All patients in this cohort had predominantly classic subfoveal CNV. Of these, 19 (39%) were purely classic lesions. On average patients needed 3.1 treatments in the first year. At 1 year follow up, distance visual acuity improved at least one line in 11 (23%) eyes, 23 (48%) eyes lost three lines or less of baseline distance visual acuity, and 14 (29%) eyes lost more than three lines of vision. In total, 34 (71%) of the patients lost three lines or less of distance vision and on average the whole cohort of patients lost two lines of distance visual acuity.

Table 1 shows mean values for visual function tests and quality of life items at baseline and 12 month follow up together with p values for change over time (Wilcoxon signed rank test) for the whole cohort. Negative significant values (that is, poorer function) are highlighted in bold with downward arrow next to the value. Positive significant values (that is, better function) are highlighted in bold with upward arrow next to the value. Values for visual acuity measurements are expressed in logMAR units and for contrast sensitivity in log units.

Table 1

 Mean (SD) values at baseline and 1 year follow up for the whole cohort (48 patients)

Table 1 shows that there were significant losses both in visual function tests and visual related QoL issues. Nevertheless, there were also significant improvements in aspects such as anxiety related to AMD, independence outdoors, and subjectively patients felt that their vision had remained stable and considered the treatment as better than “quite worthwhile.”

In this study all recruited patients were treated and there is no control group available for comparison. Nevertheless, the fellow non-treated eye in the group of patients with second eye involvement could serve as control for the assessment of the behaviour of visual function tests in time. Table 2 shows that the treated eye continues to be significantly better at the 12 month follow up.

Table 2

 Mean values for visual function tests and CNV size for study eye (treated) and fellow eye (untreated) in patients with second eye involvement (n = 29)

Side effects

Three patients developed back pain during the infusion, which recurred on repeated treatments. One patient developed a subretinal bleed after treatment, which resolved in time and visual acuity returned to pre-bleeding levels.

DISCUSSION

The results of this study are consistent with those of the TAP trials with 71% of our patients losing three lines or fewer of distance vision at the 12 month follow up. The TAP trials demonstrated that 69% of the patients with predominantly classic CNV treated with PDT lost three lines or fewer of distance visual acuity at 12 month follow up.13 PDT is a treatment intended to prevent severe visual loss (loss of six or more lines of distance visual acuity). If left untreated subfoveal classic lesions lead to severe visual loss (visual acuity of 6/60 or worse) in 90% of the patients2 with most of the visual loss occurring in the first year.22

Vision related QoL is directly linked with the severity of visual loss and whether one or both eyes are affected. If vision is poor, vision related quality of life is also poor. The results regarding QoL issues for the patients in this study reflect what the treatment achieves—that is, prevention of severe visual loss, but still there is moderate visual loss.

It is not clear why there was significant improvement in some QoL aspects in the presence of progressive visual loss. This finding is not necessarily related to an effect of the treatment but may just reflect that at 12 month follow up patients were better adapted to their visual disability.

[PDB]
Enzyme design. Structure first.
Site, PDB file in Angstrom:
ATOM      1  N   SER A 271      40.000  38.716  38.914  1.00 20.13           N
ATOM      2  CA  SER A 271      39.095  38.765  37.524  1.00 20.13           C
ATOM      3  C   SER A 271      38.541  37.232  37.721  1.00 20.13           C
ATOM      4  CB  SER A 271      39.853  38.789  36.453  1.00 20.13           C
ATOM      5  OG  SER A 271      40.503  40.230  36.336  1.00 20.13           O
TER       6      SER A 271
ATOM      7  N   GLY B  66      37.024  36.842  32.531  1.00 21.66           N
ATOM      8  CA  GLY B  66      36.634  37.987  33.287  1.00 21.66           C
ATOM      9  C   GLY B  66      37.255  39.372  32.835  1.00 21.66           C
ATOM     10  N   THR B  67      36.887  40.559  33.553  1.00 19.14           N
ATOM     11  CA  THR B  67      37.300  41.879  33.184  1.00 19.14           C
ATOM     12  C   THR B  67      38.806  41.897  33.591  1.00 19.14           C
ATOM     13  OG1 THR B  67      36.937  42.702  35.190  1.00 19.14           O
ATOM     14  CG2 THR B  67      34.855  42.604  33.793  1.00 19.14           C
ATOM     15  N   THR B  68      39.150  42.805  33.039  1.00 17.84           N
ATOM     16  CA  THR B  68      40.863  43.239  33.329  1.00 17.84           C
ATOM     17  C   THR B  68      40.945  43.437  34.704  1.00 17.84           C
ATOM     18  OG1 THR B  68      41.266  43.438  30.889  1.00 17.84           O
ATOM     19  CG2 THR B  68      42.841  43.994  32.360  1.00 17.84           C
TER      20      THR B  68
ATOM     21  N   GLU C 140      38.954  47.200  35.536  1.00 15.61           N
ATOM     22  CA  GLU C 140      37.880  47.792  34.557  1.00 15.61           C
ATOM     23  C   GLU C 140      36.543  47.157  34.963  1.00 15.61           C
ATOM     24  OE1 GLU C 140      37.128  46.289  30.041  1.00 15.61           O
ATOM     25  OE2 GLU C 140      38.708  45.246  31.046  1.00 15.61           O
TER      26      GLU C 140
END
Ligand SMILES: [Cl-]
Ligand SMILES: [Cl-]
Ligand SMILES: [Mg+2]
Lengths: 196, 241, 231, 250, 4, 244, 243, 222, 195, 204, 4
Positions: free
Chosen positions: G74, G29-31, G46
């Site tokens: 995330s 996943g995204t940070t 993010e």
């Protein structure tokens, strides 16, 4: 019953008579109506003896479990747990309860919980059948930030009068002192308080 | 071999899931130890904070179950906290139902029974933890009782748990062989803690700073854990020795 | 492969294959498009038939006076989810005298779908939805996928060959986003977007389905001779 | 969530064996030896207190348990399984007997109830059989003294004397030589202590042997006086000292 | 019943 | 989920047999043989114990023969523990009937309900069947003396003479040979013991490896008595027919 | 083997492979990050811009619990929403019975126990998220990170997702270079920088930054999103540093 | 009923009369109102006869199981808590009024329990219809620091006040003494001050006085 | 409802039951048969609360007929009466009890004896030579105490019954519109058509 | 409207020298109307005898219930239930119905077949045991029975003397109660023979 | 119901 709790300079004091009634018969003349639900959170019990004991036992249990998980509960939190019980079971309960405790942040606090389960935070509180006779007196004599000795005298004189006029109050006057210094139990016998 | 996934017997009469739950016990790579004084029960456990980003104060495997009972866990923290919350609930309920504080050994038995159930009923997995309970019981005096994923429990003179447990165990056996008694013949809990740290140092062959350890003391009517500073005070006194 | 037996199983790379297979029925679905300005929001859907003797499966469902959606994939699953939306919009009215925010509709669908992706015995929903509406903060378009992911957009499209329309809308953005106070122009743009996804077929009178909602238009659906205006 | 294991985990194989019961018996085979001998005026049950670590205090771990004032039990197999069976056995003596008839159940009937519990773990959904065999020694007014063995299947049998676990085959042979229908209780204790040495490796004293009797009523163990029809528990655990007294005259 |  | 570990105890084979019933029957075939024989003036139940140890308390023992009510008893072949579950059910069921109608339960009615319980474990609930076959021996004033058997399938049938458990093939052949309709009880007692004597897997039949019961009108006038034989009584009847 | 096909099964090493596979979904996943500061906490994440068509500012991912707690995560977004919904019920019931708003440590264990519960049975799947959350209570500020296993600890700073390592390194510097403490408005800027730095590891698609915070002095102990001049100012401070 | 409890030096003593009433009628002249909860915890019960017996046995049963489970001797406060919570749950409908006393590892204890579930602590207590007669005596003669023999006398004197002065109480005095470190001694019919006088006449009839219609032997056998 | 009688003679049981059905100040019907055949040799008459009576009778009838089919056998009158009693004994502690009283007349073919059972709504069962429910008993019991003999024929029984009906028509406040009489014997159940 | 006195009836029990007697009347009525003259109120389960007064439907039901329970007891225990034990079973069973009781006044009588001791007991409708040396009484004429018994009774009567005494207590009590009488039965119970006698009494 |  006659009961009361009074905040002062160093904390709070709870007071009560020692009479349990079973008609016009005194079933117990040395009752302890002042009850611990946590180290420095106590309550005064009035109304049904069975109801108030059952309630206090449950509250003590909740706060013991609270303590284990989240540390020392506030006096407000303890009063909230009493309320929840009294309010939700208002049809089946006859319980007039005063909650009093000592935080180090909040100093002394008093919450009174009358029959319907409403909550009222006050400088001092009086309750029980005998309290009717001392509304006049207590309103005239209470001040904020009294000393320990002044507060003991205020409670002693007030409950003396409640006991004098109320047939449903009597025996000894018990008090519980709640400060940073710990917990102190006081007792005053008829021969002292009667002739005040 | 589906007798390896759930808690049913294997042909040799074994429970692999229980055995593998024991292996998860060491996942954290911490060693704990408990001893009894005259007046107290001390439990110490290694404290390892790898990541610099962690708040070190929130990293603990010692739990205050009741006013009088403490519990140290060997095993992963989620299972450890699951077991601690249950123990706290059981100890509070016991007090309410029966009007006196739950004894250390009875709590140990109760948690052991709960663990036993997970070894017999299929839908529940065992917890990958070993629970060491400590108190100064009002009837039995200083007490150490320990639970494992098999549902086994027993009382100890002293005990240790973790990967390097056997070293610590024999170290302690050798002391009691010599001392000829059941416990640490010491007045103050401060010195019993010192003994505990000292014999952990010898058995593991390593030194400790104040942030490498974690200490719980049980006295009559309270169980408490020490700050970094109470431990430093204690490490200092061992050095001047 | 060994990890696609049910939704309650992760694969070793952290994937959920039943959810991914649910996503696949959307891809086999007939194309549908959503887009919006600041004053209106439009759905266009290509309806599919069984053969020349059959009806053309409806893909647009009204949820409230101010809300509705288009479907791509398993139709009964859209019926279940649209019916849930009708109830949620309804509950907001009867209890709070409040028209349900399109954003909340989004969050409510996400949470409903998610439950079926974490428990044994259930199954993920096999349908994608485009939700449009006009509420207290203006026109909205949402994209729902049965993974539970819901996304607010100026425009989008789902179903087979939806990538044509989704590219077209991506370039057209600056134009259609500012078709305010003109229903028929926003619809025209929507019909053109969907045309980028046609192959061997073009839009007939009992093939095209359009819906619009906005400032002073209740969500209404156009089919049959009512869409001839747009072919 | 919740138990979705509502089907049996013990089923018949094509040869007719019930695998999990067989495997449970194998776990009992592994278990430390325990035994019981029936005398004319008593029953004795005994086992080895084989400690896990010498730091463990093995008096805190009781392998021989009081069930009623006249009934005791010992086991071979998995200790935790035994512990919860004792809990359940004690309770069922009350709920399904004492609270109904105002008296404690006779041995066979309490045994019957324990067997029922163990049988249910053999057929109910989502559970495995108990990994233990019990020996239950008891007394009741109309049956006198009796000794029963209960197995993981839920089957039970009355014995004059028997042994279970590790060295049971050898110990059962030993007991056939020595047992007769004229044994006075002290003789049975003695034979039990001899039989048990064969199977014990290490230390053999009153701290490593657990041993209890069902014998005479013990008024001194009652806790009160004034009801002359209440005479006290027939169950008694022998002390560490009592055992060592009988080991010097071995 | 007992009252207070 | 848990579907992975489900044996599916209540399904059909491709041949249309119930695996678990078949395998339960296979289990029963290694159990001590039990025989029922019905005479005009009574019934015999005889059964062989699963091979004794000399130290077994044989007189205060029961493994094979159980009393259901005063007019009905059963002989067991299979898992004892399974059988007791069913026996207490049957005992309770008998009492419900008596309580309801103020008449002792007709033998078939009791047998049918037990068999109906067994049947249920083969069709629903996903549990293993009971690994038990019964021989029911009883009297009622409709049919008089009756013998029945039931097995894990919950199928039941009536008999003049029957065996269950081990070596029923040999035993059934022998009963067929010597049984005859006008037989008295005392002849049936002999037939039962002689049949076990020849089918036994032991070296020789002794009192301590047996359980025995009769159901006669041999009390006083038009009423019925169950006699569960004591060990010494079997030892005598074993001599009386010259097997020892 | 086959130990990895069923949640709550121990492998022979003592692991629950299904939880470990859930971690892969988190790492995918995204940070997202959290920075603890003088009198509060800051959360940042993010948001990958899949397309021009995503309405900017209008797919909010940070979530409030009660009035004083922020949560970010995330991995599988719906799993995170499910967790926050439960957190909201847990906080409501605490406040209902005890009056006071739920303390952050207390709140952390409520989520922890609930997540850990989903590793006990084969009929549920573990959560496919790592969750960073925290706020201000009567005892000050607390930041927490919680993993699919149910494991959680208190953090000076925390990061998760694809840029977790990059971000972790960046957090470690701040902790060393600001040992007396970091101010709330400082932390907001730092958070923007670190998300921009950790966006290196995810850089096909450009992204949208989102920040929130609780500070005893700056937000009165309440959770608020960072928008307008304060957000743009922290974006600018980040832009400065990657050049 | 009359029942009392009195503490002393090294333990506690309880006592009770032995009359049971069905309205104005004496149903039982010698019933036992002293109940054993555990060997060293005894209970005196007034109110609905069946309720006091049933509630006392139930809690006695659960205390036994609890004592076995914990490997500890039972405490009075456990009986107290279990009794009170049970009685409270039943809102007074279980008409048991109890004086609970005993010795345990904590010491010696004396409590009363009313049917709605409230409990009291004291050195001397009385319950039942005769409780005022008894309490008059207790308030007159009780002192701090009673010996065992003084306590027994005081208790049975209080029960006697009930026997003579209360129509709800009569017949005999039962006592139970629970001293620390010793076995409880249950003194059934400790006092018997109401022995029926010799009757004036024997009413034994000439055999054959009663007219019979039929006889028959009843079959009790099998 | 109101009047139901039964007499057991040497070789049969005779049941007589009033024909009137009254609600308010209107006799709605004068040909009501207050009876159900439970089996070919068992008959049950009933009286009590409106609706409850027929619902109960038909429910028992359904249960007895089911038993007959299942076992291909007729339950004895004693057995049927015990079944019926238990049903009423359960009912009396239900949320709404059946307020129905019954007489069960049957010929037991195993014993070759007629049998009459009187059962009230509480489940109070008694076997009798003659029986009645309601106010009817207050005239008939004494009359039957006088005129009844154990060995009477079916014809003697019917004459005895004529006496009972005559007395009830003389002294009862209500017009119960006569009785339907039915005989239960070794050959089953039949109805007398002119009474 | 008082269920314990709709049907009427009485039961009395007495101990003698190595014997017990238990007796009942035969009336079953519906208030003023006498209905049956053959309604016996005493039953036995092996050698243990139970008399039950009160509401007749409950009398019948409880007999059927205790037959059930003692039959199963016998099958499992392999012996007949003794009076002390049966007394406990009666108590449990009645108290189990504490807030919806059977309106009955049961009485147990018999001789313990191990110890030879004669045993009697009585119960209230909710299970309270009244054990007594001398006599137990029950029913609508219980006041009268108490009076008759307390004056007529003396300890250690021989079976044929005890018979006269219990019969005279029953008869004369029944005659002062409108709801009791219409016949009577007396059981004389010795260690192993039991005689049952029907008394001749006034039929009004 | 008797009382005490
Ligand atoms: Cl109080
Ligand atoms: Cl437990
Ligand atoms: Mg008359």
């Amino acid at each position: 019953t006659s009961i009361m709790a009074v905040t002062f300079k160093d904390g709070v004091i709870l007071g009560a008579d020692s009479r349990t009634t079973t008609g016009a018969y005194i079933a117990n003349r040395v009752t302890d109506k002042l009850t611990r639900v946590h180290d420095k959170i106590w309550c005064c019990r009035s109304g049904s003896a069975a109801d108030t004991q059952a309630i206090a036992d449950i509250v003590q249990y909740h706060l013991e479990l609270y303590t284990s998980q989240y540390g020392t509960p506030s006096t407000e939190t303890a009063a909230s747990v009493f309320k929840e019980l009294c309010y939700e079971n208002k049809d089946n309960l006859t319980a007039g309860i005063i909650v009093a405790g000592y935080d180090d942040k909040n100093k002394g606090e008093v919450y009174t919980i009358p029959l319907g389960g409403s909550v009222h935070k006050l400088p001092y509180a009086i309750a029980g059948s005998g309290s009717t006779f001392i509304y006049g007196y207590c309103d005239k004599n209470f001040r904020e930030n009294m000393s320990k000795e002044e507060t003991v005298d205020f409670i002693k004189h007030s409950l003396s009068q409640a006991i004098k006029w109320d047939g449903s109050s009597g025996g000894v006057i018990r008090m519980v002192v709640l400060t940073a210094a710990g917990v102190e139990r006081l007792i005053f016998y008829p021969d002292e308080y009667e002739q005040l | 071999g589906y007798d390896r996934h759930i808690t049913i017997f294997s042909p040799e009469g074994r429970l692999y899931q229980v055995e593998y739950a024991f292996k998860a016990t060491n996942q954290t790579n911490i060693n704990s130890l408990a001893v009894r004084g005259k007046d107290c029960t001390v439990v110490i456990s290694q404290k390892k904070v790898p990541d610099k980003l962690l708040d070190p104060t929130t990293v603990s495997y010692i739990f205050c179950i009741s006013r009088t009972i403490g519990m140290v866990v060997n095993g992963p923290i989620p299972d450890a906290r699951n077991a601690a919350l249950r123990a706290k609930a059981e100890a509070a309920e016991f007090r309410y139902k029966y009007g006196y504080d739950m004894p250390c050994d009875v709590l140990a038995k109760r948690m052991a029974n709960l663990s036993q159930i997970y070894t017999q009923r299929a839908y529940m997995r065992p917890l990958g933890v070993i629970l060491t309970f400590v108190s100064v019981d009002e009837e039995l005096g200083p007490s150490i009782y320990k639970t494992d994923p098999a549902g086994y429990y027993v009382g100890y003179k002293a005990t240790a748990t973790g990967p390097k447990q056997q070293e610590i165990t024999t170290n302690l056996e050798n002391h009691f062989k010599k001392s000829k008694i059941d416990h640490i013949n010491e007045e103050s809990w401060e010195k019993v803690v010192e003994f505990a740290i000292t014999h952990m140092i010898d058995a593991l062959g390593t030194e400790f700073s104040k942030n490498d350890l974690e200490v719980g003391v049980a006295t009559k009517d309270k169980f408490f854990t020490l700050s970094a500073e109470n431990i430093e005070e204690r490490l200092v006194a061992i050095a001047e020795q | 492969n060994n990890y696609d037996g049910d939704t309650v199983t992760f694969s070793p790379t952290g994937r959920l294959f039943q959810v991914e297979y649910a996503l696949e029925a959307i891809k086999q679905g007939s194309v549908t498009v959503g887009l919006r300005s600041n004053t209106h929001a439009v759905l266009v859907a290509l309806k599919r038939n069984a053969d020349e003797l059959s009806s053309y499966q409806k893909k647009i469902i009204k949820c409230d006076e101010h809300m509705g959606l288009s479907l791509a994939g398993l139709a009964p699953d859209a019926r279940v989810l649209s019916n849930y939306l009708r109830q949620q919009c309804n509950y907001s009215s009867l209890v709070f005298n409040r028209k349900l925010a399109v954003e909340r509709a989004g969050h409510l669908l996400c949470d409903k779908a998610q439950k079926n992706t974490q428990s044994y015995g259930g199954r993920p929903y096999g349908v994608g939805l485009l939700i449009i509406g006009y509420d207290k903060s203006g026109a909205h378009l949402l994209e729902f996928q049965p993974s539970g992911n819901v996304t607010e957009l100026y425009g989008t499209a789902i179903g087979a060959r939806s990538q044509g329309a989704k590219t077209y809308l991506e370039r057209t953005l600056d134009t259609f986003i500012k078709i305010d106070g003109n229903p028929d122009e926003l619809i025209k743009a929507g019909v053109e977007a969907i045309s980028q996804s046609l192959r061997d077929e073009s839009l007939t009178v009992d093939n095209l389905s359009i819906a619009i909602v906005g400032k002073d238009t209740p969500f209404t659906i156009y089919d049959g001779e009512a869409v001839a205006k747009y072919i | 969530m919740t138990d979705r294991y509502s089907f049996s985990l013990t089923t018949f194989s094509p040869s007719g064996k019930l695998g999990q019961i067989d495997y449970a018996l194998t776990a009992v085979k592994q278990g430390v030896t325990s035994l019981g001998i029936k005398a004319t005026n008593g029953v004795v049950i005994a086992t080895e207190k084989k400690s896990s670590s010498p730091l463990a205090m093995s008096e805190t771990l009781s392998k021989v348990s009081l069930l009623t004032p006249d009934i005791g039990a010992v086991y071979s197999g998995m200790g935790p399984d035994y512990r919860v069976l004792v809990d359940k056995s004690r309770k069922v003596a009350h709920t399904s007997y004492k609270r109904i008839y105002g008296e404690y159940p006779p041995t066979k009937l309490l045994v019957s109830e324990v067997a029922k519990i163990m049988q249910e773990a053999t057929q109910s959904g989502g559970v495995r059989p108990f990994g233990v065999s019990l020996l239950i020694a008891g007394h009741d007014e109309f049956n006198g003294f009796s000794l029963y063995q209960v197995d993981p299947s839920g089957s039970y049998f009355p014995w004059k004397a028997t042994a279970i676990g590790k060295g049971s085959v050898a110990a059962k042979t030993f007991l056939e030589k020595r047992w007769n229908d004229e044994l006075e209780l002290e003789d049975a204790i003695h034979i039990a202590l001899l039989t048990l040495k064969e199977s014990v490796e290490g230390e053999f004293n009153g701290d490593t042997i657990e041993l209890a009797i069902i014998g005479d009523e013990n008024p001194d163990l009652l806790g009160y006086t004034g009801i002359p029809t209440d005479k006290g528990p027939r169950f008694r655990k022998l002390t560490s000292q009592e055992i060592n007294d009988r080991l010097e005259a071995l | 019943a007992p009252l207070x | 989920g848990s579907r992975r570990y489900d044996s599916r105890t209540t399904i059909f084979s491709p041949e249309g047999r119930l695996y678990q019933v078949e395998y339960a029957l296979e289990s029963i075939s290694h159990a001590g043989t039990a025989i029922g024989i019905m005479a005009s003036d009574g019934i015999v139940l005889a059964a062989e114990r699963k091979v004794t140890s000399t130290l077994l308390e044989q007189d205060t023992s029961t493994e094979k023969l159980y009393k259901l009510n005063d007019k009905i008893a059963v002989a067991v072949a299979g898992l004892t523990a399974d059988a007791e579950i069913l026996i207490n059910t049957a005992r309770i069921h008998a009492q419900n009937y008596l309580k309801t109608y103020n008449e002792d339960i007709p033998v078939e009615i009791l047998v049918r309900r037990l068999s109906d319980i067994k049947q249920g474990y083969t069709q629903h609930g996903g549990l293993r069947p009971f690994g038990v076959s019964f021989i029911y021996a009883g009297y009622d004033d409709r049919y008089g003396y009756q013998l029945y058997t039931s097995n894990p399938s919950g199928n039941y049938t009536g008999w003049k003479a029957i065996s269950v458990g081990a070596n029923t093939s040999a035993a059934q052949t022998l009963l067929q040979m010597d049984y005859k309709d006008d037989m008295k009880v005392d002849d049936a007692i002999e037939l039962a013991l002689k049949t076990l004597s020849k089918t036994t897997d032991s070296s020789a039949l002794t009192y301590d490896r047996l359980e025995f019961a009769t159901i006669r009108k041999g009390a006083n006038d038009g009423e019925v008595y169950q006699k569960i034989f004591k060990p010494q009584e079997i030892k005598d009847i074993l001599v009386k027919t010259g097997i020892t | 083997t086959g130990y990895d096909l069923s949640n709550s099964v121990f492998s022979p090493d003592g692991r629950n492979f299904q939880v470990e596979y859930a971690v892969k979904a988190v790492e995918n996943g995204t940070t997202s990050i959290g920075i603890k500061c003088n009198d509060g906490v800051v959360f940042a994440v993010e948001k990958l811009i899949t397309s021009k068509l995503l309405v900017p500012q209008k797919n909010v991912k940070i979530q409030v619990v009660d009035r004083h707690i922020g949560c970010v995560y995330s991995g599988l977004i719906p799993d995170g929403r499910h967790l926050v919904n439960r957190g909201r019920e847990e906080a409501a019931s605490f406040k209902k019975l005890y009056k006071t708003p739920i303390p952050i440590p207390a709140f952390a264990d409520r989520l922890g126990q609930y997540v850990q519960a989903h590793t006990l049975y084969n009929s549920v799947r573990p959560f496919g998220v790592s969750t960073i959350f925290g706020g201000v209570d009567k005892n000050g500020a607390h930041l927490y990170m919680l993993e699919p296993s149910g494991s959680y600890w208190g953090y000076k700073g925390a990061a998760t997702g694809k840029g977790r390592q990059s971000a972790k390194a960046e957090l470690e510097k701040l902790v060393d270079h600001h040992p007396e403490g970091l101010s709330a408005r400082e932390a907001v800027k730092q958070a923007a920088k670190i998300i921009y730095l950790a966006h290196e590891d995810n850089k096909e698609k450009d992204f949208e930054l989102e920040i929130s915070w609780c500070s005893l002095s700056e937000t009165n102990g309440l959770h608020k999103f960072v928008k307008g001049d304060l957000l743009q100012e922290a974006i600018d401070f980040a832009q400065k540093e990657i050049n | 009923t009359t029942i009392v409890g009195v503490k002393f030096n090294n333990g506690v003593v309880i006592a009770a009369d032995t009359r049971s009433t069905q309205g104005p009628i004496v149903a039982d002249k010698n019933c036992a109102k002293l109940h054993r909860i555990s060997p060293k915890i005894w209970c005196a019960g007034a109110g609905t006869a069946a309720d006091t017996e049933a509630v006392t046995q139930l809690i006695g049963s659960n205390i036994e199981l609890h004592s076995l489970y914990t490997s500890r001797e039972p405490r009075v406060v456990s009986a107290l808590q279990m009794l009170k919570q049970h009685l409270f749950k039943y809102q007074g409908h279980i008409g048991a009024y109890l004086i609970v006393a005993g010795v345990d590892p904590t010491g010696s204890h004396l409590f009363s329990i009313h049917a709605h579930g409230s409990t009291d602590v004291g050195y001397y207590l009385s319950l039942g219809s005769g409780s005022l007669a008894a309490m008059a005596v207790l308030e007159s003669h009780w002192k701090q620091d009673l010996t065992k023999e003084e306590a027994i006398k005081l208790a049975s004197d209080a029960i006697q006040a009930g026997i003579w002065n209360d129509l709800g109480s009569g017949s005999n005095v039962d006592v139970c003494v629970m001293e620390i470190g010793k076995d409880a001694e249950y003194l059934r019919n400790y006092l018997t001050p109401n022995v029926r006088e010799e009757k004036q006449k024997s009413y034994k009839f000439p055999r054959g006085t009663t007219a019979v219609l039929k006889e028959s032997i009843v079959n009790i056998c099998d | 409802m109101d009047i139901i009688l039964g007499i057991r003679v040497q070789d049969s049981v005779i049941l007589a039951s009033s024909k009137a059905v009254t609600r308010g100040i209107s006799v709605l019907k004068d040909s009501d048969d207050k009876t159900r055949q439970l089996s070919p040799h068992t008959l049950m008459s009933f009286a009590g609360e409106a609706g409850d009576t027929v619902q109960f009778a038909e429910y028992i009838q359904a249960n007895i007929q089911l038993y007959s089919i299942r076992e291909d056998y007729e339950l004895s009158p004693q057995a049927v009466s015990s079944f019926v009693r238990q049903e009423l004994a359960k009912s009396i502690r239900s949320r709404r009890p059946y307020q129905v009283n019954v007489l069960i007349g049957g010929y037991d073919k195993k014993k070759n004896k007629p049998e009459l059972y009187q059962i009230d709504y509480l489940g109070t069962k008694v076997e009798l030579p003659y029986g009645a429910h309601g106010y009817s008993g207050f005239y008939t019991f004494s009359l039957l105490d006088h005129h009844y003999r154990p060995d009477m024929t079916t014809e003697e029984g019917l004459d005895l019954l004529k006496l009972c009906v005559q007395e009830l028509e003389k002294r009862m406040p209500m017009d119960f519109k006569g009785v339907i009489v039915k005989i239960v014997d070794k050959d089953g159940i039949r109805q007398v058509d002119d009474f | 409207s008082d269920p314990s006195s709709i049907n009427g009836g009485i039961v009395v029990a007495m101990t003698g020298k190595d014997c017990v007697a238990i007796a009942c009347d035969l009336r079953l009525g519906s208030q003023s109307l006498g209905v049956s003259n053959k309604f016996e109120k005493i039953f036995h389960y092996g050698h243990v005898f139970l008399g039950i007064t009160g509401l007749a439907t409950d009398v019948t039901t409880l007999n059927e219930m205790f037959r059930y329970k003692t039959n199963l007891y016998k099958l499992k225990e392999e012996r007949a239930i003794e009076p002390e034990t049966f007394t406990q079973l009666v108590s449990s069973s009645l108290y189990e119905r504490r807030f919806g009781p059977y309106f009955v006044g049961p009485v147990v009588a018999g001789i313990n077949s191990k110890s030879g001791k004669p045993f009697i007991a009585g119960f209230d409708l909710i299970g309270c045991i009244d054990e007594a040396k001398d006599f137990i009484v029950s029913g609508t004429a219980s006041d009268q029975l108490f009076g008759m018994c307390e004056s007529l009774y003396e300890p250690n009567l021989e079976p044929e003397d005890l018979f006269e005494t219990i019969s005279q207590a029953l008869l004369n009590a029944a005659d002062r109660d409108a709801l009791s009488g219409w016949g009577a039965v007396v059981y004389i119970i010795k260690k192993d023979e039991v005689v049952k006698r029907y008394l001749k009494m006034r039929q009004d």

This study suggests that although PDT is useful in the management of exudative AMD, its usefulness is limited by the fact that patients may still lose vision even when treated and in only a minority of patients is there small improvement in visual function. It is therefore clear that there is an increasing need for further research into understanding the aetiology of ARM/AMD and factors that modify its behaviour and progression.

Involving patients in therapeutic decision making is a major objective of Quality Improvement Scotland and the present data suggest that patients did consider the treatment more than “quite worthwhile”. Patients in this study understood the limitations of PDT and setting patients’ expectations is an important prerogative when treating patients with PDT.

CONCLUSION

This study shows that while significant deterioration in vision occurs in the treated eye, PDT does prevent severe visual loss in approximately two thirds of treated patients with predominantly classic subfoveal CNV secondary to AMD and its use is therefore justified in these patients. This study also confirms the clinical perception that vision related quality of life does not improve unless a treatment is able to improve or restore vision in a significant number of treated patients.

APPENDIX

SCALES USED IN THE QUESTIONNAIRE

General questions

Do you consider PDT treatment you’ve received worthwhile?

  • 1 Not at all

  • 2 Not worthwhile

  • 3 Worthwhile

  • 4 Quite worthwhile

  • 5 Very worthwhile

How much trouble do you have presently with your vision?

  • 1 A great deal

  • 2 A moderate amount

  • 3 A little

  • 4 None

How satisfied are you presently with your vision?

  • 1 Not at all satisfied

  • 2 Not satisfied

  • 3 Satisfied

  • 4 Quite satisfied

  • 5 Very satisfied

How would you describe the change if any that you have noticed in your vision over the past year?

  • 1 Very much worse

  • 2 Slightly worse

  • 3 The same

  • 4 Slightly better

  • 5 Very much better

VF-14

Do you have any difficulty even with glasses in doing any of the following activities? If yes how much difficulty do you currently have? NA meaning that the question is not applicable to you or you do not do it for reasons other than your vision.

  • 0 Unable to do

  • 1 A great deal of difficulty

  • 2 A moderate amount of difficulty

  • 3 A little

  • 4 No difficulty

  • 99 Not applicable

Questions of mood

How much of the time over the last 4 weeks have you been?

(a) nervous, (b) downhearted or low, (c) irritated with eye condition, and (d) anxious because of eye condition:

  • 1 All the time

  • 2 Most of the time

  • 3 A good bit of the time

  • 4 Some of the time

  • 5 None of the time

For “Been a happy person”:

  • 5 All the time

  • 4 Most of the time

  • 3 A good bit of the time

  • 2 Some of the time

  • 1 None of the time

QUESTIONS IN RESPONSE TO VISUAL PROBLEM

For each of the following statements please tell me if you agree or disagree with them

(a) Stay at home most of the time and (b) worry about doing things that will embarrass myself or others.

  • 1 Strongly agree

  • 2 Agree

  • 3 Neutral

  • 4 Disagree

  • 5 Strongly disagree

  • 99 Don’t know

(a) I do not need a lot of help from others and (b) I have control over what I want to do

  • 5 Strongly agree

  • 4 Agree

  • 3 Neutral

  • 2 Disagree

  • 1 Strongly disagree

  • 99 Don’t know

Acknowledgments

This study was sponsored by the Scottish National Institute for the War Blinded. We are also grateful to the photography department at Princess Alexandra Eye Pavilion, Edinburgh.

REFERENCES